5 Building Permits Hit a High Last Month
October saw more building permits issued than any single month in more than half a decade. The last time the same volume of permits was witnessed was June of 2008, before the recession had fully taken hold. Analysts expected to see around 930,000 permits during October, but the data show an actual figure of more than 1,030,000 permits issued, a 6.2% increase over September, which itself had seen an increase over the prior month. Few things stimulate spending more than construction; thus, often one can safely assume that the more permits issued, the more robust the economy at large.
4 The Government Shutdown Slowed Some Sales
October home sales took a dip, with pending home sales (i.e. signed contracts) falling to their lowest level since December of 2012, according to the National Associate of Realtors. However, this slump was largely caused by the partial shutdown of the federal government that took place for much of that month: with the IRS not providing income verification and with tens of thousands of federal employees suddenly not receiving income, the October drop in sales was more of an artificial slowdown than an indication of a genuinely constricting market.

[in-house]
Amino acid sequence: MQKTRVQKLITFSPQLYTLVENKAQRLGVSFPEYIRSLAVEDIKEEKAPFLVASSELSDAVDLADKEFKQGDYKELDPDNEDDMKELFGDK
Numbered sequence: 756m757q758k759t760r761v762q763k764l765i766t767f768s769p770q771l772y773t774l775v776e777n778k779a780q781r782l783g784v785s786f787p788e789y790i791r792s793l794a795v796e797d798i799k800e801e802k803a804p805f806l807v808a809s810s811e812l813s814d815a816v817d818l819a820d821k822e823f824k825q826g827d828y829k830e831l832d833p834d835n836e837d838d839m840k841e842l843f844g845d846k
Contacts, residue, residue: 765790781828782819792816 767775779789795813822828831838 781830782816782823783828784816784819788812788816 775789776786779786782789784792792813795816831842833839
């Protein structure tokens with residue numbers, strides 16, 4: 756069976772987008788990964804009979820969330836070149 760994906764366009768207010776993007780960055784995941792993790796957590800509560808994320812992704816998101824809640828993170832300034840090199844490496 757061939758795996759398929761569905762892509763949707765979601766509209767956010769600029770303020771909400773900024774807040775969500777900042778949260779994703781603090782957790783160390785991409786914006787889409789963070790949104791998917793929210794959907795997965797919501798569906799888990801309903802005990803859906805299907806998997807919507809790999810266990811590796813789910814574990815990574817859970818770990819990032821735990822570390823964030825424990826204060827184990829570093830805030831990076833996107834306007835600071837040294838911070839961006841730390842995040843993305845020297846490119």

3 The Forecast for 2014 Looks Good
The National Association of Realtors (NAR) are forecasting a fine year for home sales in 2014. The NAR predicts as much as a 5.4% increase in the average price of a home during the coming year. If interest rates remain relatively low, that could mean more sales of pricier homes, injecting more cash into the economy as buyers shell out more when purchasing a home and owners sense their wealth—and therefore their spending power—increasing.
2 Home Prices in Dozens of Cities Are Rising Steeply
In at least 20 American cities, home prices are rising at rates not seen since early 2006, well before the collapse of the inflated housing market that led to a recession. The telling S&P/Case-Shiller Composite-20 index, which calculates property value based on a swath of data from 20 major cities (such as LA, Boston, NYC, Vegas, etc.) advanced more than 13% in the year-long period between September 2012 and September 2013.
1 Borrowers Are Starting to Miss Payments
An unavoidable attribute of the American housing market are borrowers involved with a loan they can’t pay back. Oddly, the fact that many borrowers are starting to skip payments on home equity lines of credit may actually be good for the housing market: the loans at issue today are largely those given out in the last decade, many of which are now reaching the time when the borrower must begin to pay down their loan’s principal, rather than merely paying the interest. Perhaps lingering troubles with loans from the pre-recession era will keep banks and borrowers from reentering a cycle of irresponsible lending that could lead to another bursting bubble.
Error parsing XSLT file: \xslt\ListTags.xslt